President Muhammadu Buhari has approved the compulsory retirement of Justice Adeniyi Ademola of the Abuja Division of the Federal High Court and the dismissal from office of Justice O.O Tokode of the Benin Division of the Federal High Court, following recommendations from the National Judicial Council (NJC).
According to a statement by presidential spokesperson, Garba Shehu, the disciplinary actions on the two Justices were in pursuance of section 292 (1) (b) of the 1999 Constitution of the Federal Republic of Nigeria.
Justice O.O. Tokode is also to refund all salaries and allowances earned illegally from December 2, 2015 when he was sworn-in as a Judge of the Federal High Court to date.
“The President urges judicial officers to be alive to their responsibilities and eschew corruption in the discharge of their duties,” Shehu said.
In a separate statement, also signed by Shehu, President Buhari said he had commenced “the process of ensuring that persons, judges and justices recommended by the National Judicial Council (NJC) for appointment into various Courts of Record in the instant are fit and proper, and are not under any disability to function as Judicial Officers.”
“The President’s position is in furtherance of the executive powers vested in him under Section 5 of the 1999 Constitution, which allows him as the appointing authority to exercise same reasonably, taking all relevant factors into consideration.
“Nigerians are assured that President Buhari will issue his approval or otherwise as soon as the process of the background verification is completed”, the statement said.
The NJC had at its meeting of December 6, 2017 recommended the compulsory retirement of Ademola and Tokode for acts of professional misconduct.
The Council said Ademola who had forwarded his notice of retirement on October 10, 2017 to the Council against April 9, 2018, when he will attain the mandatory retirement age of 65 years was recommended for compulsory retirement from office pursuant to the findings by the Council on the allegation contained in the petition written against him by a group of eight persons under the name of Committee of Anambra State PDP House of Representatives members-elect alleging the following:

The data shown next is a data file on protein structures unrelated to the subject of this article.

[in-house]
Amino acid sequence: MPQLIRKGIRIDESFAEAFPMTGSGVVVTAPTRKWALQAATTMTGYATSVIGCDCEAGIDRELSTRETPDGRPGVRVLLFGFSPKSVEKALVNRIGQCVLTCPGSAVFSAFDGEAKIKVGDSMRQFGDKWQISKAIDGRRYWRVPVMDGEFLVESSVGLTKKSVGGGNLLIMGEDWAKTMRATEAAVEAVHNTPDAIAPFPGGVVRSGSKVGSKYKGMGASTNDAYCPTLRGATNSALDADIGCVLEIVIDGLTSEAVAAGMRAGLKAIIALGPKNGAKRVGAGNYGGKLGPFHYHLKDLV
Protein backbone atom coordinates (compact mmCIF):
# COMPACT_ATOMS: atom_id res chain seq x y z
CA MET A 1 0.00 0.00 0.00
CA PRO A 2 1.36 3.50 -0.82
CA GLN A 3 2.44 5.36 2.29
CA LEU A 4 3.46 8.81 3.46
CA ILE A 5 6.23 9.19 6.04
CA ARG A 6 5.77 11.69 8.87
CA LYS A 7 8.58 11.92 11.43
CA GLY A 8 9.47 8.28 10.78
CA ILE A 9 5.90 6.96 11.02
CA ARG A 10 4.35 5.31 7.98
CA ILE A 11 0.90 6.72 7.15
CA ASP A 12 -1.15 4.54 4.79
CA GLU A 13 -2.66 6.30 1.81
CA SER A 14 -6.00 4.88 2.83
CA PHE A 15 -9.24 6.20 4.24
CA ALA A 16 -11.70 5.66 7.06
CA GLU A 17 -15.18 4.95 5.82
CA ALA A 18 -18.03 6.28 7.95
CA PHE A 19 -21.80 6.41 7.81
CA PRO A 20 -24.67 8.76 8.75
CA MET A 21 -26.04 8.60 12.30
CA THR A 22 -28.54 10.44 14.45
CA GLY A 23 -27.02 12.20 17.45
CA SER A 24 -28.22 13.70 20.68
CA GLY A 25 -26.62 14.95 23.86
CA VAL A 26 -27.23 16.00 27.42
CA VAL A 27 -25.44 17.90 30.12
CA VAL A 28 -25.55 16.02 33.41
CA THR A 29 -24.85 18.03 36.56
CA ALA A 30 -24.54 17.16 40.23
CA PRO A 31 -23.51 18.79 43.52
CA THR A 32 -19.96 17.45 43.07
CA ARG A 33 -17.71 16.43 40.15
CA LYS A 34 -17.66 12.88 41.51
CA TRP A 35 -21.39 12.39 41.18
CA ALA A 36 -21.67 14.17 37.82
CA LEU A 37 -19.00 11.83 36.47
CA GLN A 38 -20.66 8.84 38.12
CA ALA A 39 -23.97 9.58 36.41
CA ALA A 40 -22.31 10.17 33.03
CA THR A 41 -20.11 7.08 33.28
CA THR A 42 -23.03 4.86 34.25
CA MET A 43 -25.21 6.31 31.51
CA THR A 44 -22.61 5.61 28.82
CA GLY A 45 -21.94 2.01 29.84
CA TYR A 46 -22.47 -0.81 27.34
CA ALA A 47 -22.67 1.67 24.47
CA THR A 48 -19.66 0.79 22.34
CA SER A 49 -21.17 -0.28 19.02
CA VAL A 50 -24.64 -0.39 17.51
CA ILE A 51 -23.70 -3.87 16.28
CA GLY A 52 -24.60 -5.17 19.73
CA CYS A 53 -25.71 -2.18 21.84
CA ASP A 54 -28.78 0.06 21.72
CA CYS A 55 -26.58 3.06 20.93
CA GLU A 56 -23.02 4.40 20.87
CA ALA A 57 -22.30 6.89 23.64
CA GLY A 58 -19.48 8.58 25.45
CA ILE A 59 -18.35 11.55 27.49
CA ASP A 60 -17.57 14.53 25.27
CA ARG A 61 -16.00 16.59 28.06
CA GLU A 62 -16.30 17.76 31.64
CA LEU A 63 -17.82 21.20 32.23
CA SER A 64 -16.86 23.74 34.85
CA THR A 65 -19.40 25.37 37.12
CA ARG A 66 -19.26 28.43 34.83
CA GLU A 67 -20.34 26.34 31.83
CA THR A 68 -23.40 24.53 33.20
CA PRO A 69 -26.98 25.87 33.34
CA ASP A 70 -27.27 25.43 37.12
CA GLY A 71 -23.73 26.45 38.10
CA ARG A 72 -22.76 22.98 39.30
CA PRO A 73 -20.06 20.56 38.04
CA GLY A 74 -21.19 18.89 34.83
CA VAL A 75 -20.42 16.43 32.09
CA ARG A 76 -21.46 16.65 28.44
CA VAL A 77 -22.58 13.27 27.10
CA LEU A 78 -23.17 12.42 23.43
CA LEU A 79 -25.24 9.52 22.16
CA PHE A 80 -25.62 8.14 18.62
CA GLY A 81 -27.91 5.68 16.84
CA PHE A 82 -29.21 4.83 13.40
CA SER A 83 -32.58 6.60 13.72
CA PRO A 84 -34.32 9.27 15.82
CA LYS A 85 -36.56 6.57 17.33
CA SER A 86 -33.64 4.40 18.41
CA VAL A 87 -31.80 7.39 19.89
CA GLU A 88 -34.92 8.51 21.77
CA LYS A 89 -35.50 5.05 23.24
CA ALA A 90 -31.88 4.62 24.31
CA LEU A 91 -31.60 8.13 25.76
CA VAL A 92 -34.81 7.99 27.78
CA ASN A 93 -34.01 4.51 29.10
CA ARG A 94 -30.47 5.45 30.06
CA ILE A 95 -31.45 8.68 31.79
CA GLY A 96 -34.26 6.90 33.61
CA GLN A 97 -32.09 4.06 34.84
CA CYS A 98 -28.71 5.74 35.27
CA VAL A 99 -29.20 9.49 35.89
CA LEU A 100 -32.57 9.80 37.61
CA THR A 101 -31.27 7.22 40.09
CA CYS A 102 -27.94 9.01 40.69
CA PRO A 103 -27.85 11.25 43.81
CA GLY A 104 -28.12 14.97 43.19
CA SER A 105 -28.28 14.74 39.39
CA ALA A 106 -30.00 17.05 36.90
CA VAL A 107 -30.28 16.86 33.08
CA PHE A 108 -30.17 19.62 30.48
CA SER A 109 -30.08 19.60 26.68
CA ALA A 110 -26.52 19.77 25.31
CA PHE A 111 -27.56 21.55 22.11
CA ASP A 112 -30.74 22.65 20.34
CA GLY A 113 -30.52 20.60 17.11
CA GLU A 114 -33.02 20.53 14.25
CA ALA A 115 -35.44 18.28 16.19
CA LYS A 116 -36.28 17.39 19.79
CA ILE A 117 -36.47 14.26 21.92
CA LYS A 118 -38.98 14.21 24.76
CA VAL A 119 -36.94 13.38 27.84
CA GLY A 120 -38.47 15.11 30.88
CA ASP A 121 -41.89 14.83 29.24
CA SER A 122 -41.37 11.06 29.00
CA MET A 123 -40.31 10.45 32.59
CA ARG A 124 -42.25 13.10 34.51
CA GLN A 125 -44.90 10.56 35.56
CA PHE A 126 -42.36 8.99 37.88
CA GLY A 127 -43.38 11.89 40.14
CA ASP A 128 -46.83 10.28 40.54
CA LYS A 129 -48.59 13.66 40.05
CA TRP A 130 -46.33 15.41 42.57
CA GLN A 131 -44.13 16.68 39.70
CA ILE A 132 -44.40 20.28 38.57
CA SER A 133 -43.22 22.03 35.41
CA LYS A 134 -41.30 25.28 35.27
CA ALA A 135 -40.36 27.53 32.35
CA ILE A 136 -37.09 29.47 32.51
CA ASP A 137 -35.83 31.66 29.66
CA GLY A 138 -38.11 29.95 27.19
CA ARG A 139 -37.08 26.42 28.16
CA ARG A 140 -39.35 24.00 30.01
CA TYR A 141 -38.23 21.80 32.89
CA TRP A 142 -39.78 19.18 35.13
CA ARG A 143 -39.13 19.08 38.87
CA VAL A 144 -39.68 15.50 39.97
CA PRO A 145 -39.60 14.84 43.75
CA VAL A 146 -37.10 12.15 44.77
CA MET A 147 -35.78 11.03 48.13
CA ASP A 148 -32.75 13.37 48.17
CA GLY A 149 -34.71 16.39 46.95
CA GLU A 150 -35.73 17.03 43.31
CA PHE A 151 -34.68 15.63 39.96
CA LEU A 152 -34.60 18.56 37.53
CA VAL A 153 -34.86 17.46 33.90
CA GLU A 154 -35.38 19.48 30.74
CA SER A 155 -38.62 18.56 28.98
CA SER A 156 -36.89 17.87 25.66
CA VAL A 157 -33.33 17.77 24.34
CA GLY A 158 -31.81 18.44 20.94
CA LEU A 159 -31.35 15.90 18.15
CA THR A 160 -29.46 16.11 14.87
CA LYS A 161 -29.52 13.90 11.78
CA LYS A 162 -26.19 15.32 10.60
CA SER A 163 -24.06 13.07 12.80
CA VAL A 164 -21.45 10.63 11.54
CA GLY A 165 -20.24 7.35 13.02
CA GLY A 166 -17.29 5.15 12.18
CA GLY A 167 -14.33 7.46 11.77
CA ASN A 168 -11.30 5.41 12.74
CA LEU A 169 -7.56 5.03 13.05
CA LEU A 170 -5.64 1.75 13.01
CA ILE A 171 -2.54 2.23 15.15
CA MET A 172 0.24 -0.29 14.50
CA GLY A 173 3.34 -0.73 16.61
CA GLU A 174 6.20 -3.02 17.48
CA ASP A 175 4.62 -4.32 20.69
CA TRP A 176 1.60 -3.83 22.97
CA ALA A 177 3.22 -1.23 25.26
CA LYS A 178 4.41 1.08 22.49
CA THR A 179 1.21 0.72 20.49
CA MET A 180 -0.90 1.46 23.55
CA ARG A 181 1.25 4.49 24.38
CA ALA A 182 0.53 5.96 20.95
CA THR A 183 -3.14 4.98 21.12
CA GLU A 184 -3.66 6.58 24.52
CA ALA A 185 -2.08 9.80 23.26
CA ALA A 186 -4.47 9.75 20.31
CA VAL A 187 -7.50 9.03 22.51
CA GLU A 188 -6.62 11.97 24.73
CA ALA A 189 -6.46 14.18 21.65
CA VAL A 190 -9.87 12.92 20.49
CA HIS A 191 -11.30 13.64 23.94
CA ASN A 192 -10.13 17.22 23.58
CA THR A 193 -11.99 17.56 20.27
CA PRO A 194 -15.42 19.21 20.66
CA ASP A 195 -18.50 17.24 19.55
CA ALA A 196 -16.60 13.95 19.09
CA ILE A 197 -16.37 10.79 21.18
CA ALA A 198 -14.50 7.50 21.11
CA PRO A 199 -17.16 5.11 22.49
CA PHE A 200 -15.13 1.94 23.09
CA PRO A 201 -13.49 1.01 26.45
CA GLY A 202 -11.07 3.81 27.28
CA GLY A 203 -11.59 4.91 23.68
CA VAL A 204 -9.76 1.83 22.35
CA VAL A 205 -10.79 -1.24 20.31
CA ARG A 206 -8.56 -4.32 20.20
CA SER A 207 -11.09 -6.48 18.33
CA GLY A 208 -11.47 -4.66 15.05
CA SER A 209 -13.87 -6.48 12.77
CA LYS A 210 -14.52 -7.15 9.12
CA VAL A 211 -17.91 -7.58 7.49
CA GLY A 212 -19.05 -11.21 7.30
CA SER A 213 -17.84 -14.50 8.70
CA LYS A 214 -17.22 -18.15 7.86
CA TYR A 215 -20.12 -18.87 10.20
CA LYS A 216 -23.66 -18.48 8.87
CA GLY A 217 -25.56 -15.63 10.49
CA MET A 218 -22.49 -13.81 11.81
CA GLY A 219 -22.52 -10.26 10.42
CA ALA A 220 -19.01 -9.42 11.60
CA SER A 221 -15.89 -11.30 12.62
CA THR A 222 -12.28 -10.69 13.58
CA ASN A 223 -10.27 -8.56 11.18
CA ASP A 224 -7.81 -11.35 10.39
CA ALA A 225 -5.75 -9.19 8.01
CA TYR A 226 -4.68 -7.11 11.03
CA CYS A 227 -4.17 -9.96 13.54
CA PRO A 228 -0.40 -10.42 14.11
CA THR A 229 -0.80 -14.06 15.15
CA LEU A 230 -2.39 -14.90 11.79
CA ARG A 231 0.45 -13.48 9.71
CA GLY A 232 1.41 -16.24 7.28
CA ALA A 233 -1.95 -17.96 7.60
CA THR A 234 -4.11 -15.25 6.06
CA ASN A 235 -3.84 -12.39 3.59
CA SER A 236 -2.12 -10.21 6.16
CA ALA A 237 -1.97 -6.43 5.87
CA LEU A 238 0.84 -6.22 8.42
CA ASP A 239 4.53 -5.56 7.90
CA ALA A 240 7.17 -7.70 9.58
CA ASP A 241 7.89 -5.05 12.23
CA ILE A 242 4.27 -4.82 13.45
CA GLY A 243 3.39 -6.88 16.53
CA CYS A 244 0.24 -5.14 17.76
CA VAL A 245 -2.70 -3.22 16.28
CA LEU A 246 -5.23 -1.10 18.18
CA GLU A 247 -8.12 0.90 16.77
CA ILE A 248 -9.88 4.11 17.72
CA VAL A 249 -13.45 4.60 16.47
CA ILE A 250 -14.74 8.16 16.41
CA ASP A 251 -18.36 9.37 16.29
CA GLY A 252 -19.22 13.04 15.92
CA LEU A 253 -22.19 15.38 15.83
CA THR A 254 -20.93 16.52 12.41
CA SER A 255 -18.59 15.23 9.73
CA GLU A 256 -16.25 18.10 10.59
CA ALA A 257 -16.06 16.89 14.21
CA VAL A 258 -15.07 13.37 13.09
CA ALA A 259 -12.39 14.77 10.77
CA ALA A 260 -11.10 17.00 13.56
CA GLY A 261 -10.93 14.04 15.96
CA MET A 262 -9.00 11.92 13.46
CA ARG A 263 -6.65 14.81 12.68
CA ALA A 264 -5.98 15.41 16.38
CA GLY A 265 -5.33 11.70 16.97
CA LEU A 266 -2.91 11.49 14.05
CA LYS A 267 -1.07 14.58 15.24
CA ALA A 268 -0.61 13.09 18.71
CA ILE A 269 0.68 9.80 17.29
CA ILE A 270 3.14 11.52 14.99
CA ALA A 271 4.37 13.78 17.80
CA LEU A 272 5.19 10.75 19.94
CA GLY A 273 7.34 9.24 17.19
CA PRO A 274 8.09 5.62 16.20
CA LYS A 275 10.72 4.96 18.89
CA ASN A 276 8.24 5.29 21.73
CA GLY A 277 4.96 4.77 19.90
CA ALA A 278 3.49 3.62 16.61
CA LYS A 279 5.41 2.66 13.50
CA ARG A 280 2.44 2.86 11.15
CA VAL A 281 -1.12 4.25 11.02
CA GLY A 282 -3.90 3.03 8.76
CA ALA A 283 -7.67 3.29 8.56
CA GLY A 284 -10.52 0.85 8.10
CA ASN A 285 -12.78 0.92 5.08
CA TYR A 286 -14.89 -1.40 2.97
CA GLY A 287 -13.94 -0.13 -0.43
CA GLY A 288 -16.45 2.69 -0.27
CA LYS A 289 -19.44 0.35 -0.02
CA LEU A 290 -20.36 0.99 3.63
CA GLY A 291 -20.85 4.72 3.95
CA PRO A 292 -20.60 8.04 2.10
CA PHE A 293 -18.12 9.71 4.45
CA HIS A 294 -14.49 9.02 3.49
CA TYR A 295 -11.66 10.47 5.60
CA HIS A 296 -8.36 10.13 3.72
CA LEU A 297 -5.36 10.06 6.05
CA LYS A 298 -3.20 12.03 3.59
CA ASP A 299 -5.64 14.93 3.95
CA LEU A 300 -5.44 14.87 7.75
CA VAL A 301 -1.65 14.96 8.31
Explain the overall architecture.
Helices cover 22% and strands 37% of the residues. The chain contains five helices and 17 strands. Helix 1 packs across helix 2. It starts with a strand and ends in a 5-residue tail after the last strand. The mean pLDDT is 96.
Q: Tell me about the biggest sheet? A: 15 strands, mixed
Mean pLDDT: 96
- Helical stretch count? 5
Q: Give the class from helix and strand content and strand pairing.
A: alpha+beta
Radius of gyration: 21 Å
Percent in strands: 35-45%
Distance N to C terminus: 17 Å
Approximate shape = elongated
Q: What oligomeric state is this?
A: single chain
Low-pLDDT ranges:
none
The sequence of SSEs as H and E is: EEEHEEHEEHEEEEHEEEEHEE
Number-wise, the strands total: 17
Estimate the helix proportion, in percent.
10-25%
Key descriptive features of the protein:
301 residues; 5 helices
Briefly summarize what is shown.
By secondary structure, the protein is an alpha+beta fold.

“that His Lordship heard their Suit No. FHC/ABJ/CS/177/2015 which was adjourned for judgement on March 25, 2015;
“that on the adjourned date, His Lordship did not deliver the judgement but adjourned the case sine die, to await the decision of the Supreme Court on another matter on the same issue, on is the list of PDP candidates for Anambra State for the General Elections of 2015;
“that His Lordship speedily heard and delivered judgement in another case in Suit No. FHC/ABJ/CS/254/2015 filed later on the same issues, with intent to confer undue advantage on the Plaintiff who is from a family with which the Respondent has relationship;
“that the Certified True Copy (CTC) of the judgement ultimately given to the petitioners contained a paragraph that was not read in open Court by the Hon. Judge and that a phrase was altered, all to address an issue raised in the appeal that had already been filed by the Petitioner before the issuance of Certified True Copy (C T C);
“that some of the reasoning and conclusions of the Hon. Judge were summersaults;
“that the Respondent finally delivered judgement in the case on 8th July, 2016, five (5) months after the Supreme Court delivered the judgement he was awaiting contrary to the Constitutional provisions that judgements should be delivered within a period of 90 days”.
The council stated that “Though the Petitioners withdrew their petitions in accordance with Regulation 16 of the National Judicial Council Judicial Discipline Regulations of 9th March, 2017, Council viewed His Lordship’s action of non-delivery of judgement within the stipulated time as misconduct contrary to Section 292 (1) (b) of the Constitution of the Federal Republic of Nigeria, 1999, as amended and Rules 1.3 and 3.7 of the 2016 Revised Code of Conduct for Judicial Officers of the Federal Republic of Nigeria”.
On Justice Tokode, the NJC said he was recommended for compulsory retirement from office with immediate effect sequel to the findings of Council on the allegation contained in petitions forwarded by Socio-Economic Rights and Accountability Project (SERAP) and Abimbola Awogboro.
The council said, “The petitioners accused the Judge of misleading the Federal Judicial Service Commission and the National Judicial Council, by submitting six judgements he claimed to have personally conducted while practising as a lawyer; a pre-requisite for his application for appointment as a Judicial Officer, and was so appointed.
“The Investigation Committee of Council however found that the Judge personally conducted only one of the six cases submitted.
“Therefore, Council decided to recommend his compulsory retirement and the refund of all salaries and allowances he earned since his purported appointment to the position of a Judge to the coffers of the Judiciary.”
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